According to the Walt Disney Company, Walt Disney Studios passed the $4 billion mark at the global box office for the first time in the studio’s history. Without a doubt, the folks over at Disney are standing tall and proud of their landmark accomplishment. Disney execs and industry analysts are agreed that the achievement would not have been possible if it weren’t for the company’s Marvel acquisition. Iron Man 3 is the fifth highest grossing movie in Hollywood history, bringing in $1.21 billion worldwide.
“It’s not so much classic Disney content as we know it” says Katie Hanson, a Disney fan familiar with the achievement, “it’s the properties they have purchased from other creatives that have made it possible.” Hanson is correct, with Iron Man 3 and Thor: The Dark World released in the same year, a record breaking financial achievement was to be expected. In the grand scheme of the company and its history of content, this seems to go right along with how they acquire and develop what are considered to be more Disney-esque ideas. “If you think about it” Hanson went one, “all of the most successful movies that are often regarded as Disney stories, aren’t all that original except in their execution. They’re classic fairy tales, but what they managed to do is tell those stories in a caricature style that is unique to their studio”.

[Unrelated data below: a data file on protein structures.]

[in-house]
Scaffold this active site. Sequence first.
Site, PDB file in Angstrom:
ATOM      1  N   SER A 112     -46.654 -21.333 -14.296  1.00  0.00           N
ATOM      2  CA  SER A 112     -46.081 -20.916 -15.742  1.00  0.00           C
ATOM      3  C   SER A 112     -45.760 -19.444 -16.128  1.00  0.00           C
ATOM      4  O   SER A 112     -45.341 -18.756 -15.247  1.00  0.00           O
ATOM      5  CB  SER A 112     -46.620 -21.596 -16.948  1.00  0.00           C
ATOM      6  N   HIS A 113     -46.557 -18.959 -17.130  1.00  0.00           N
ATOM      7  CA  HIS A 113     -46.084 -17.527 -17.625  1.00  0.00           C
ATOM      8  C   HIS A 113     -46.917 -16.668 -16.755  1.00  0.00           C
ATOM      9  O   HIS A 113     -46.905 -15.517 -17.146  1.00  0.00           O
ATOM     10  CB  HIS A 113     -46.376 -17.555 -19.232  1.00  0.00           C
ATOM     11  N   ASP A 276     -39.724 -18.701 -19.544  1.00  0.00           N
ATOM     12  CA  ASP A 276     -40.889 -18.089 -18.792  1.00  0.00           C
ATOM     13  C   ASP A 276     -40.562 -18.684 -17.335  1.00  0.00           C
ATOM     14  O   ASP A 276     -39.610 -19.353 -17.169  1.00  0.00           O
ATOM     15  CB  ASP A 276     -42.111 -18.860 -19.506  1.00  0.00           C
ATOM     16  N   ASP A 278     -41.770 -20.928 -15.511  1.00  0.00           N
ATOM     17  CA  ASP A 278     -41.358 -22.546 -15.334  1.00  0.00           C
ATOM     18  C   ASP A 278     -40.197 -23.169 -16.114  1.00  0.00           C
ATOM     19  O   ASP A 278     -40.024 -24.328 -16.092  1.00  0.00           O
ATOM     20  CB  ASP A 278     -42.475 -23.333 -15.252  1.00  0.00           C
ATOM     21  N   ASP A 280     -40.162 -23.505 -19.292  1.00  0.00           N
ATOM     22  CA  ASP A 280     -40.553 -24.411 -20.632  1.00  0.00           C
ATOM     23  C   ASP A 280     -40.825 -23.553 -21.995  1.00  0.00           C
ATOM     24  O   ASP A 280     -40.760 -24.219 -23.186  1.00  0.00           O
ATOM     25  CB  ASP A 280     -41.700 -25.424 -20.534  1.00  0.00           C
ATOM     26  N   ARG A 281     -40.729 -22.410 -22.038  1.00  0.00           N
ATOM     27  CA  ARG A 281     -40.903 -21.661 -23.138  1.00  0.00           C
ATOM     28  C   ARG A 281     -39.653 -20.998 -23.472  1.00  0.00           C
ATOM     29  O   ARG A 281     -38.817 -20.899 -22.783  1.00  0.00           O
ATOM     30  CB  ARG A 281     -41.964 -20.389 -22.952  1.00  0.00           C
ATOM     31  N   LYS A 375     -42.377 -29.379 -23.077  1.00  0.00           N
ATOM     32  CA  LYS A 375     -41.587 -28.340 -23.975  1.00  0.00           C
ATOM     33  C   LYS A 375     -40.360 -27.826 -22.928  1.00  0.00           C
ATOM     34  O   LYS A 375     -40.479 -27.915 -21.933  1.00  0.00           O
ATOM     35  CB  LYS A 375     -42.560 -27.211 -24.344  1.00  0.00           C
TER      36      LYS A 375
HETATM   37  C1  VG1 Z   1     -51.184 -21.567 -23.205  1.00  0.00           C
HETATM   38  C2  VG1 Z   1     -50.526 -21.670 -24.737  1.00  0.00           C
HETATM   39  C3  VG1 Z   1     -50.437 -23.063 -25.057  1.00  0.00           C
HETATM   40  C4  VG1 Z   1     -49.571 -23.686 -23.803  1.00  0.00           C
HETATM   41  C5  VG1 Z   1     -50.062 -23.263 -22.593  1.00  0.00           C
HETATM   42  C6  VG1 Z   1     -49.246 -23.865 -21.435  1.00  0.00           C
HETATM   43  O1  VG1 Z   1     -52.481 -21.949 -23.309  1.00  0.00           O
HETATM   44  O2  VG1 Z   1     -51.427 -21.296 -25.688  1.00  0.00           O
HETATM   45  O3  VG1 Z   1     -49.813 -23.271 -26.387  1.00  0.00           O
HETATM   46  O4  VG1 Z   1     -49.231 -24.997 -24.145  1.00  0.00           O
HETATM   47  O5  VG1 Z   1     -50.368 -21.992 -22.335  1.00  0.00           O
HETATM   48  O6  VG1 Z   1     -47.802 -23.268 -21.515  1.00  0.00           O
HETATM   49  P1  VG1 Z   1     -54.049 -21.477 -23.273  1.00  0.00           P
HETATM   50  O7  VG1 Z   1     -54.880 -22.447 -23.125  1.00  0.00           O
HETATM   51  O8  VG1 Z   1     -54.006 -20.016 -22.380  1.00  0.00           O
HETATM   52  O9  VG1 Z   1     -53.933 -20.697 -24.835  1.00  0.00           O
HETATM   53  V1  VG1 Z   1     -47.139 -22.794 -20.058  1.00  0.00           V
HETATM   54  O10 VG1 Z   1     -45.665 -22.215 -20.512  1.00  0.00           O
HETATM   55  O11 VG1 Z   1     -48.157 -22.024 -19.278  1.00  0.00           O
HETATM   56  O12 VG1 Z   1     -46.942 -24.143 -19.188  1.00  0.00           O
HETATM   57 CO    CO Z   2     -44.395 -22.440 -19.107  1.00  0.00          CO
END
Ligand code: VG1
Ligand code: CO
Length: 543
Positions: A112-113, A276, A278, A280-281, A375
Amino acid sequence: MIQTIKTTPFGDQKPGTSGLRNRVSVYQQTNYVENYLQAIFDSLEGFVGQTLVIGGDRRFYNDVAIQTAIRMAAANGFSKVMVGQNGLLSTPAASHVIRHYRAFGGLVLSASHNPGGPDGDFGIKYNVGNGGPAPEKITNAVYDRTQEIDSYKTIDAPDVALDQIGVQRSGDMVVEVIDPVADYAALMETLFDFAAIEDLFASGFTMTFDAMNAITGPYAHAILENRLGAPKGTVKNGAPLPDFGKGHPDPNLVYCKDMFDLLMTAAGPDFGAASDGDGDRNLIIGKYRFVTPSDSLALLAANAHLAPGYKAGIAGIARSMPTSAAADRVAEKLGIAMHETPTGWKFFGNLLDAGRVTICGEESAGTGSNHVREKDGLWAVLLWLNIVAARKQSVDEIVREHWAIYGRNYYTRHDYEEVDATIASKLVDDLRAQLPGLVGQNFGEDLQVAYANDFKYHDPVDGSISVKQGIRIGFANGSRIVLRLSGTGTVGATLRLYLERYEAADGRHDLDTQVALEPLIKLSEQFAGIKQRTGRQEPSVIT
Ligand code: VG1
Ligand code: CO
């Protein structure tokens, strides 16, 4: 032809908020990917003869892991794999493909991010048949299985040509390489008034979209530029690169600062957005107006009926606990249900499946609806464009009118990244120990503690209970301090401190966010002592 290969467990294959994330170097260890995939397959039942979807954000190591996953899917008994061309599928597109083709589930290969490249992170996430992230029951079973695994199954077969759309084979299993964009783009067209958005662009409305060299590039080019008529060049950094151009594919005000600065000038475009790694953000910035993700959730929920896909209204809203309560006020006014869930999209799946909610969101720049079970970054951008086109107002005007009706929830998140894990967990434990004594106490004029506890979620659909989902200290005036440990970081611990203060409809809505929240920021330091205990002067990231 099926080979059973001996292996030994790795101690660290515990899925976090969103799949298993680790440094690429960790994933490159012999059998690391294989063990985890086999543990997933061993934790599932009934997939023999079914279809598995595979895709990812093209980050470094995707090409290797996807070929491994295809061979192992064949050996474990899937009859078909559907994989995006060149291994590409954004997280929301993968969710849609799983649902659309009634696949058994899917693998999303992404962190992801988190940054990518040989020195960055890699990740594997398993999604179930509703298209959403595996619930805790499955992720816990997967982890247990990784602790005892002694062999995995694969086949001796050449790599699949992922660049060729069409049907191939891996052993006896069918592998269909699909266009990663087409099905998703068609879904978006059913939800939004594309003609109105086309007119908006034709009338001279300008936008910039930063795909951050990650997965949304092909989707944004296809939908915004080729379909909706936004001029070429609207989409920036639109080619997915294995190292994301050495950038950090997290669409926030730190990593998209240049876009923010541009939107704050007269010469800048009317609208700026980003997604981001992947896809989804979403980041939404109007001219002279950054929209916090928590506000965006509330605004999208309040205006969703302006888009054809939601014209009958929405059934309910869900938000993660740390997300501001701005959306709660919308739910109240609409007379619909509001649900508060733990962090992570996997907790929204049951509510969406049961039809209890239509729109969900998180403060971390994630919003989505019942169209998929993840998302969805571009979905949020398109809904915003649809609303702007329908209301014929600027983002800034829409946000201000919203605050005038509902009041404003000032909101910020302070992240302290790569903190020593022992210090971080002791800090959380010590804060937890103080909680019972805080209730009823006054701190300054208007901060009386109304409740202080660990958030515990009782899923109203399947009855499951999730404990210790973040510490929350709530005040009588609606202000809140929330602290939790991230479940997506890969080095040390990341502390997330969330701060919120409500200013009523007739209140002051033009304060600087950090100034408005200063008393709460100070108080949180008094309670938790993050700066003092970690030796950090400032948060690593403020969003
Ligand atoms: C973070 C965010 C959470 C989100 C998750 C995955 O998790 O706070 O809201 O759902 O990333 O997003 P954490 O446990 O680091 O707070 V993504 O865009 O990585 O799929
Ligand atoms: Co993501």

The most recent film released by the company that continues the tradition of retelling classic fairy tales is in fact an adaption of a the Hans Christian Anderson story: The Snow Queen. Frozen, which was released last week, is the most critically acclaimed and audience accepted Disney film since Tangled and expected to continue to do well, considering its appeal to both children and adults.
One thing is for certain, with a $4 billion year like this, they’ve pretty much paid off their Lucas Film acquisition which ran Disney about $4.05 billion.